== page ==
How do you stand out from your competition? As every line of work is different, look closely for attributes that are valued in your own career field. Identify these valued attributes, and if you have them, promote them. Here are a few general ideas to get you started:

  • Is your education or degree beyond the bare minimum required?
  • Do you have specialized or advanced training beyond the minimum required?
  • Do you possess valuable skill sets, software proficiency, or specific knowledge other candidates might not?
  • Is your work experience more extensive than what the typical candidate might have?
  • Do you have an applicable and preferred license, certification, or other credentials beyond whatever is minimally required?
  • Have you attended professional conferences or seminars which other candidates may have not?
  • Are you a member of one or more professional organizations recognized in your field?
  • How’s your GPA? If it’s impressive, this may be helpful, especially if you’re a recent graduate without a lot of work experience.
  • If you are currently employed, have you volunteered for special projects or served on committees? If so, be sure to talk about it. Unlike you, many employees turn and run when management asks for volunteers!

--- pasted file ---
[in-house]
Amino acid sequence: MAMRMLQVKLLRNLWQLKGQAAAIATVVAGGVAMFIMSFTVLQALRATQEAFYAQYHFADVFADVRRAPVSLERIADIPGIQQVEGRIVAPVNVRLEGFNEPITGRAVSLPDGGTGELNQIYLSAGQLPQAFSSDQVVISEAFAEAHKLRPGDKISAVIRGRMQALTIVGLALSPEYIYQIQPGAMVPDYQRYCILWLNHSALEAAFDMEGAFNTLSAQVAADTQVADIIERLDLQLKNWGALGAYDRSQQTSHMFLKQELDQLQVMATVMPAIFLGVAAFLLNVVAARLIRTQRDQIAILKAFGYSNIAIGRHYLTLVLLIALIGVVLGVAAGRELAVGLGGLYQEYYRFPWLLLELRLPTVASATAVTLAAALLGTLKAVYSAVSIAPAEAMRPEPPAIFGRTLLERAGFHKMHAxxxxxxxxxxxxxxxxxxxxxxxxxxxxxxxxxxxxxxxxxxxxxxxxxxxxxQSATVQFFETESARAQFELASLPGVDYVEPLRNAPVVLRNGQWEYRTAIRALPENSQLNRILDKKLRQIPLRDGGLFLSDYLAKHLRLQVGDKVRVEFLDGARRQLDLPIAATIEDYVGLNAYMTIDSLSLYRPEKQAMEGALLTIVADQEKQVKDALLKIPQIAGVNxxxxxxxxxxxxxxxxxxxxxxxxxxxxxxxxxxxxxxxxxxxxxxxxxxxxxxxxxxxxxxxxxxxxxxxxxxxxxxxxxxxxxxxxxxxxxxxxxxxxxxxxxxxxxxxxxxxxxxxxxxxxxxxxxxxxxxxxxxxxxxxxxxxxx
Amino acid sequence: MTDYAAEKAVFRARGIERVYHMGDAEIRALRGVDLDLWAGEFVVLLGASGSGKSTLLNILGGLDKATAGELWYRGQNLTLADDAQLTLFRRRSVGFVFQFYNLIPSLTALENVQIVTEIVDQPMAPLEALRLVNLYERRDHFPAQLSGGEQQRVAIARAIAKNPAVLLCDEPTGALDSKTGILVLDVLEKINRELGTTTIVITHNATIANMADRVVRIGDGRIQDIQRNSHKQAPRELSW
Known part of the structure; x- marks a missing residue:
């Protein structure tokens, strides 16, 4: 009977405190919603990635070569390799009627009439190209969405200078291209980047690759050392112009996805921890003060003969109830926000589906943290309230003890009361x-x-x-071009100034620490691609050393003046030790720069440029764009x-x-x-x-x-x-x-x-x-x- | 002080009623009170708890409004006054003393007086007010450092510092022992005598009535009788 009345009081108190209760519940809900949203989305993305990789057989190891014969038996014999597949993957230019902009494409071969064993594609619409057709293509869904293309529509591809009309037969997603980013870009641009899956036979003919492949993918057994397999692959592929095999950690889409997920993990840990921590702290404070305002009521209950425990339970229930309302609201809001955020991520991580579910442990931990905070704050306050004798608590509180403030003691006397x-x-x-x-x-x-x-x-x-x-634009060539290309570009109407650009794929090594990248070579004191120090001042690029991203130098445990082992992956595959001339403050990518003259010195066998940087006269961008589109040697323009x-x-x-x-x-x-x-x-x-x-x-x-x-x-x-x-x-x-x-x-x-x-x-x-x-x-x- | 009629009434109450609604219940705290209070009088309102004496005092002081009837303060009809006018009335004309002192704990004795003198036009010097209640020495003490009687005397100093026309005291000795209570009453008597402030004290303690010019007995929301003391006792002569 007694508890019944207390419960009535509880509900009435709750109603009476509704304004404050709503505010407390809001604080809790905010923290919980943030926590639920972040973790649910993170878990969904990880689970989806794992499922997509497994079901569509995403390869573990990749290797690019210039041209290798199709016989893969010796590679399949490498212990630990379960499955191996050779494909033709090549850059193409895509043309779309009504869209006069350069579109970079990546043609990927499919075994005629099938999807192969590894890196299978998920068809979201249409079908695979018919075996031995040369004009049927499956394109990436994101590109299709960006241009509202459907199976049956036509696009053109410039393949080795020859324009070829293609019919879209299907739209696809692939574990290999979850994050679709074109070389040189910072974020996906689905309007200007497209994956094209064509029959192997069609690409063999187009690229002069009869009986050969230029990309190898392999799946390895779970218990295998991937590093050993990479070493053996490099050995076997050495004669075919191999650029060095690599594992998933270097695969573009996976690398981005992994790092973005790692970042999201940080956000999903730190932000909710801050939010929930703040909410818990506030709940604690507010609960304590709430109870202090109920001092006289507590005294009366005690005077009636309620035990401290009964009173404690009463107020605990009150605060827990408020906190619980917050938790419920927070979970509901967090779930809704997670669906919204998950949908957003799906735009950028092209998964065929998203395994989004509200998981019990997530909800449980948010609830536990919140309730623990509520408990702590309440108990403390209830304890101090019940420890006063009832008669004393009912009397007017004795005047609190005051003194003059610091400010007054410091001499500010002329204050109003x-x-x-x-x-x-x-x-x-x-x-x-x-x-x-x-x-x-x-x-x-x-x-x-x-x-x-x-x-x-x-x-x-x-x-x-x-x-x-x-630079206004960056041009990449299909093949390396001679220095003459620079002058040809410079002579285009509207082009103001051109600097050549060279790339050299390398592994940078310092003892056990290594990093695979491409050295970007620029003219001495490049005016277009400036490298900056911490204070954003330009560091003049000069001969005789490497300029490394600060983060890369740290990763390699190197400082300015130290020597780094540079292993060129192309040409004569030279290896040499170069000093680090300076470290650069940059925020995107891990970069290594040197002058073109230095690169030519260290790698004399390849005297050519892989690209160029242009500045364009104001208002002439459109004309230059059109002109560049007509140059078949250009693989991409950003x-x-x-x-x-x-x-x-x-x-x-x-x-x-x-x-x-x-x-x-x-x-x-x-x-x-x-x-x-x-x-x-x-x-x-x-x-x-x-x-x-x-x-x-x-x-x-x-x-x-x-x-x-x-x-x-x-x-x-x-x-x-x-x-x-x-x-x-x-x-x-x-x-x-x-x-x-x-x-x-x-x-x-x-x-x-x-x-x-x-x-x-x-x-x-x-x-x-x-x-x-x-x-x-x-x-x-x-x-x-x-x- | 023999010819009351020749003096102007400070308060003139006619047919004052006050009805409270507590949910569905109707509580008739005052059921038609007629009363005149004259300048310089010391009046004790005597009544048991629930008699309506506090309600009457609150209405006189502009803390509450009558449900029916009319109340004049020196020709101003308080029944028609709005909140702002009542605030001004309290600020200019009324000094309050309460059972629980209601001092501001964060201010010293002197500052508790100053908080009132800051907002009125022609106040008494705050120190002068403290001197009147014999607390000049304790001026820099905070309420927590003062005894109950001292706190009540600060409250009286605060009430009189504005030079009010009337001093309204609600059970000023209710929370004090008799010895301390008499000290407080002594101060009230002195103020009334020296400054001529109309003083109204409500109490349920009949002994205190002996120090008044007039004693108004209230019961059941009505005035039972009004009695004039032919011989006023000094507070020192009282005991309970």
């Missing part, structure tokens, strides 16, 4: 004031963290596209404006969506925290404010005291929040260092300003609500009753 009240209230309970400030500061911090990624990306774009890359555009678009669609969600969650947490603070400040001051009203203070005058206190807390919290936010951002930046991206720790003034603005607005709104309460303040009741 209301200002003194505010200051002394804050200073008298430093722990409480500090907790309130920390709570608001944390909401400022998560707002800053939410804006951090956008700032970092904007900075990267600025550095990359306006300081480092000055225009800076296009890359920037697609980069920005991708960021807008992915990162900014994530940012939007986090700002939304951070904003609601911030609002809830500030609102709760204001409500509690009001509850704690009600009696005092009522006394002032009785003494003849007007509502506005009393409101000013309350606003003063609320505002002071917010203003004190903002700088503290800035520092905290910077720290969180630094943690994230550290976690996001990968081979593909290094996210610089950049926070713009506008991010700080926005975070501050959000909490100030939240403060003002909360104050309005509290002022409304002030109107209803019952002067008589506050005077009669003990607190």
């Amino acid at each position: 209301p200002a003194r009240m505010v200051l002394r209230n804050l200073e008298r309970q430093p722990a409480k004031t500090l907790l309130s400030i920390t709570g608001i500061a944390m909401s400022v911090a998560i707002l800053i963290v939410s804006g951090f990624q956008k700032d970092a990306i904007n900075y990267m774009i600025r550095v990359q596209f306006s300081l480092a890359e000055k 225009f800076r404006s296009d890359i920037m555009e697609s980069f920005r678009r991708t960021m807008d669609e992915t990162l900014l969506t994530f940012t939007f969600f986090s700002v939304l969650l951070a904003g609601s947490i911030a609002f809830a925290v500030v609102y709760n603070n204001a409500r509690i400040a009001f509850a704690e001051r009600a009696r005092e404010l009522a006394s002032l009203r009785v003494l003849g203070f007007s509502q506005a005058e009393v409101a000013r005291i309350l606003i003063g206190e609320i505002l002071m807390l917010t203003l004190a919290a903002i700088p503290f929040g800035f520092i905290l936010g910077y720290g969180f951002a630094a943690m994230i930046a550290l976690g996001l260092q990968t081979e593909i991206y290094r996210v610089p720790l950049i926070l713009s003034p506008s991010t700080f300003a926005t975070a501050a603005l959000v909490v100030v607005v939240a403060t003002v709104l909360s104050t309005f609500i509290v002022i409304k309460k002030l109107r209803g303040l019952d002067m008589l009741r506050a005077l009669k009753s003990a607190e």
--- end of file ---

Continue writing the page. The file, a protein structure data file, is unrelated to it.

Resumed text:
• Many companies value having their employees involved in charity work and community projects. Have you volunteered for any community causes (e.g., soup kitchen, recycling, charity fundraising, etc.)? If so, this may be something you could work into your discussions.

Uh-oh. What if you realize there is very little that differentiates you from the other typical candidate? The final differentiator is, of course, how well you perform on the job interview itself.

Make sure to practice and hone your job interview skills. Practice answering expected interview questions out loud, over and over. Doing so will help the words come easier when you are nervous and in front of the interviewers. In the end, even if you are identical in most ways to the other candidates, your preparation may at least help you make the best impression. Start now to look for ways to set yourself apart from the crowd! Help the interviewers see that from among all the other candidates, you are the clear and obvious best choice.

Put marketing differentiation to work for you!

Agree? Disagree? Feel free to share your experience and thoughts!

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2 Responses to Don’t be a Clone at Your Job Interview!

  1. This is a great topic, and very good advice. It can even be generally applied when you think about an organization, religious or secular, that may be trying to attract people.

    They, too, may need to ask themselves why would someone want to be a part of their group. A different application, but definitely universal advice.

    Very good! Thank you.

    • Career Lantern says:

      An interesting albeit different perspective on this subject. It is true that organizations as well must find a way to differentiate themselves from other similar organizations in order to successfully compete for new members.